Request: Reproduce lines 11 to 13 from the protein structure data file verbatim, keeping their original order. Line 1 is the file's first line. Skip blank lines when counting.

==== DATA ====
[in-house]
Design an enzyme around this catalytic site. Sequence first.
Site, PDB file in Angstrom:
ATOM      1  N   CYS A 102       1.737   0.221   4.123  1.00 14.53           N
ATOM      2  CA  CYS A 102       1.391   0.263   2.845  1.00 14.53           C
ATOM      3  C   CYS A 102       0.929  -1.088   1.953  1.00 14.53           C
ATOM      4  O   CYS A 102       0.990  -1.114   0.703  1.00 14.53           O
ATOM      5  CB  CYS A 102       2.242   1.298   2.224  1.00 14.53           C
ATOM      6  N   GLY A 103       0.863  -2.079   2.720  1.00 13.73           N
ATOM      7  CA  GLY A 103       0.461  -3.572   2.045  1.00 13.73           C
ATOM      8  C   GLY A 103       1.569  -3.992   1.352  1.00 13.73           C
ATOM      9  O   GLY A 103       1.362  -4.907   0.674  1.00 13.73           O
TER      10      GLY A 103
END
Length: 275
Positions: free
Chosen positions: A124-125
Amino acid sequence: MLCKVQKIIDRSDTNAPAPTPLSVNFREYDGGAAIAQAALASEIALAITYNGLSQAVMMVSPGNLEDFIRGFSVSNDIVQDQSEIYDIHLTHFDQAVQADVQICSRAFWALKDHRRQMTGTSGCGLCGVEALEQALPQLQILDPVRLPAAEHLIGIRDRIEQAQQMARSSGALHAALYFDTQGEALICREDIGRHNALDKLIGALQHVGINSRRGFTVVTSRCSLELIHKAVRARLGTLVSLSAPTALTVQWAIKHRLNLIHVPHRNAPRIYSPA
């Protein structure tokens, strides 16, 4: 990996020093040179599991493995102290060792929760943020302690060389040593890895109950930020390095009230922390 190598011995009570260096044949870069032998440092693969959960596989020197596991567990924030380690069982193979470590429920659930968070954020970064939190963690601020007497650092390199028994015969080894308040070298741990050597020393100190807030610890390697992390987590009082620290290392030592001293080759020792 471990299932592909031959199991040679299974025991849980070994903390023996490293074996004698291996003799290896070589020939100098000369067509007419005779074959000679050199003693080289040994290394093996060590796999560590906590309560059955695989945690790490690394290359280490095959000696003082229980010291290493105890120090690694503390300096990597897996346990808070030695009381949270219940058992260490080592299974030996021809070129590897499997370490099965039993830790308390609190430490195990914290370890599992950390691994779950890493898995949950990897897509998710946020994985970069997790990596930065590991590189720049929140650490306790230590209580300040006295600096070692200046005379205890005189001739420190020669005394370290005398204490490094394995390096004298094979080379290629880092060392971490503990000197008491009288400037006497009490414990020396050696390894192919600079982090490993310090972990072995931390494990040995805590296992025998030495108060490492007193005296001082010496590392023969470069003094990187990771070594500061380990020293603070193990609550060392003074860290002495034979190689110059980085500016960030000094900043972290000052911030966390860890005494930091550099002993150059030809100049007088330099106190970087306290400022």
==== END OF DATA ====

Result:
ATOM      8  C   GLY A 103       1.569  -3.992   1.352  1.00 13.73           C
ATOM      9  O   GLY A 103       1.362  -4.907   0.674  1.00 13.73           O
TER      10      GLY A 103